There are two papers I am working on right now. The first examines adolescent suicide prevention and intervention in schools specifically with a high achieving population. I use something called the Cultural Assessment for Risk of Suicide (CARS) model, which looks at the different sociocultural influences and ethnicity of the population you're working with and how to tailor prevention and intervention. At Stuyvesant and a lot of other schools for high achieving students, the population is largely Asian-American, for whom therapy and mental health is a new language and children tend to face high pressure to succeed. So you have to tailor both the questions you ask the students as well as how you work with the families to get their children help.

The other paper that I have just began working on – and I am hoping this will be my capstone project – is looking at New York City's school system and how we deal with mental health. We are behind other school systems in our country. For example, New Jersey requires suicide training in their schools every single year. New York has suggested suicide trainings. Kids spend more waking hours in school than any other place, so we need to be doing this work in our schools to protect our kids.

Is it correct that you became a frequent presenter at conferences after you entered the DSW program?

Yes. Being a doctoral candidate has given me credibility. Since starting the program, I have presented on High-Achieving Adolescents, Acculturation, and School Social Work Intervention at several conferences and universities. In March 2020, I will be giving a 90-minute presentation on the topic at the National Association of School Social Workers conference; in April, I will be giving an hour-long talk at the American Association of Suicidology, which is the biggest conference in my field; and in June. I will be presenting on The Interplay of Culture and Adolescent Suicide: Acculturation, Suicidality and SSW Intervention at the NASW National Conference. I have also been invited to guest lecture on assessing suicide ideation at two schools of social work and I have been invited to present at the Cambridge Health Alliance/Harvard Medical School Course on School Mental Health in January 2021.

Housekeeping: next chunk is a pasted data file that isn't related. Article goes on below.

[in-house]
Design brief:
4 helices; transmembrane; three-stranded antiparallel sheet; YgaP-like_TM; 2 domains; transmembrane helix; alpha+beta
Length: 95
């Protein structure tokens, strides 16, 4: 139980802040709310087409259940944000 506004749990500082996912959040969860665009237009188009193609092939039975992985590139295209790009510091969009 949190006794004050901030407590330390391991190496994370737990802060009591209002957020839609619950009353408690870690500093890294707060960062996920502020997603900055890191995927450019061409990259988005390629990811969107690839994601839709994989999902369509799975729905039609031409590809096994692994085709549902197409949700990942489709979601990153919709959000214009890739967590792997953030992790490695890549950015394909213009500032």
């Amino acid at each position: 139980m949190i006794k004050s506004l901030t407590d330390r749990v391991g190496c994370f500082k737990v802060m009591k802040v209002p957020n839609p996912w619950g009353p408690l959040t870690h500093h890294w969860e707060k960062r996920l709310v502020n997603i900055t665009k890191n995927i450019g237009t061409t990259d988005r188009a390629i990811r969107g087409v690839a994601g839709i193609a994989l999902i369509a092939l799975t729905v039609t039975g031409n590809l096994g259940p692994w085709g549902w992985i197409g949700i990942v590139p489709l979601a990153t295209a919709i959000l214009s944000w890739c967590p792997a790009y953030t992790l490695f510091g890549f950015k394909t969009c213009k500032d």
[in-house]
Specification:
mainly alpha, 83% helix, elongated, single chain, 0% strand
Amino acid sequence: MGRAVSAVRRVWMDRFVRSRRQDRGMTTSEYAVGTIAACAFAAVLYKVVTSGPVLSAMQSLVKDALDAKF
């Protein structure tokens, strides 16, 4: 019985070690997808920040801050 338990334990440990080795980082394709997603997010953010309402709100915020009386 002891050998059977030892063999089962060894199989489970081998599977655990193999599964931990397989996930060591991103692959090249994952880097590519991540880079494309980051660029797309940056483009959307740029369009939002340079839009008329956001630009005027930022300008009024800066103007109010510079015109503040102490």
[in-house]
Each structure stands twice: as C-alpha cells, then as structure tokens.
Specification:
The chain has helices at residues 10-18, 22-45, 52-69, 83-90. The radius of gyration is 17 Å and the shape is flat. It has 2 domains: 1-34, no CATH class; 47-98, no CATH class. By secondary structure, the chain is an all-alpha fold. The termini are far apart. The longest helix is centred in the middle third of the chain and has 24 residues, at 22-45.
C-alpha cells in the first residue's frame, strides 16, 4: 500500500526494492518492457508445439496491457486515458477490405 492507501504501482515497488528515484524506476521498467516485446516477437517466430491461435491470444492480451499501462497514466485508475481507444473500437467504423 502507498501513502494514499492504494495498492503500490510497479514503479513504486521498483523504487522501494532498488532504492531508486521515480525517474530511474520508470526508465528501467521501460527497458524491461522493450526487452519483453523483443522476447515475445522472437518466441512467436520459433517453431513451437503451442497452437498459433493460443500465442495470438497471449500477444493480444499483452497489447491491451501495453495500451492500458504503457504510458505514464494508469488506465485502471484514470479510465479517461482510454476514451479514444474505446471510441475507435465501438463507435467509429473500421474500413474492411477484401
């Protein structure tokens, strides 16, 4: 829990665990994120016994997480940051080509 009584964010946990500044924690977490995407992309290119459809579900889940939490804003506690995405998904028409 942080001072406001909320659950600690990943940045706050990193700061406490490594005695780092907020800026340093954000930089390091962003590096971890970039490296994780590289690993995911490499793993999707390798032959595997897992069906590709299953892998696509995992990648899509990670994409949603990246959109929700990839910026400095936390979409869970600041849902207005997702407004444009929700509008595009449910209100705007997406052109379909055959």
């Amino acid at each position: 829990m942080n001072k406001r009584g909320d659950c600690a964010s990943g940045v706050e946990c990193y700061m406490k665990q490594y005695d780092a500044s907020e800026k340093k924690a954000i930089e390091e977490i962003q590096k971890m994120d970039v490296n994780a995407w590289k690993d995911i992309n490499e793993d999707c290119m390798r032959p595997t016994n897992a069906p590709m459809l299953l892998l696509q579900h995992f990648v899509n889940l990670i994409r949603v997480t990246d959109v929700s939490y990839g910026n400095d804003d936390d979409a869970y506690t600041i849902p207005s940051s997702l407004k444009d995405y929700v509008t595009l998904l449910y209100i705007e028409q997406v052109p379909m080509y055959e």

Is there anything you have worked on since you began the DSW Program that you are particularly proud of?

Yes. As I mentioned earlier, we do not have mandated suicide trainings for social workers and school counselors in New York. When I was presenting at the New York State Suicide Prevention Conference in Albany this past September, I met Pat Breux, Director of School and Youth Initiatives at the Suicide Prevention Center of New York. She moderated my panel at the conference and we aligned immediately. I invited her to Stuyvesant to do a Manhattan-wide suicide prevention training on Election Day, when school is closed but we are required to do professional development. I set up a team with Pat and our superintendent to organize the event, and six weeks later, we had 80 clinicians there at Stuyvesant doing the training!

Do you have recommendations for other people considering a DSW at Silver?

What I say to people coming in is know what your area of interest is, what you want to learn, and what you want to get from the program. If you do, then you will be able to hone in on building your knowledge and skills. It is so exciting to have this space where you can explore your topic, and it is a privilege to be able to work with the faculty. What the program is doing is enabling me to propel my career.

Visit Chock-Goldman's website, jessicachockgoldman.com to learn more about her work at her work.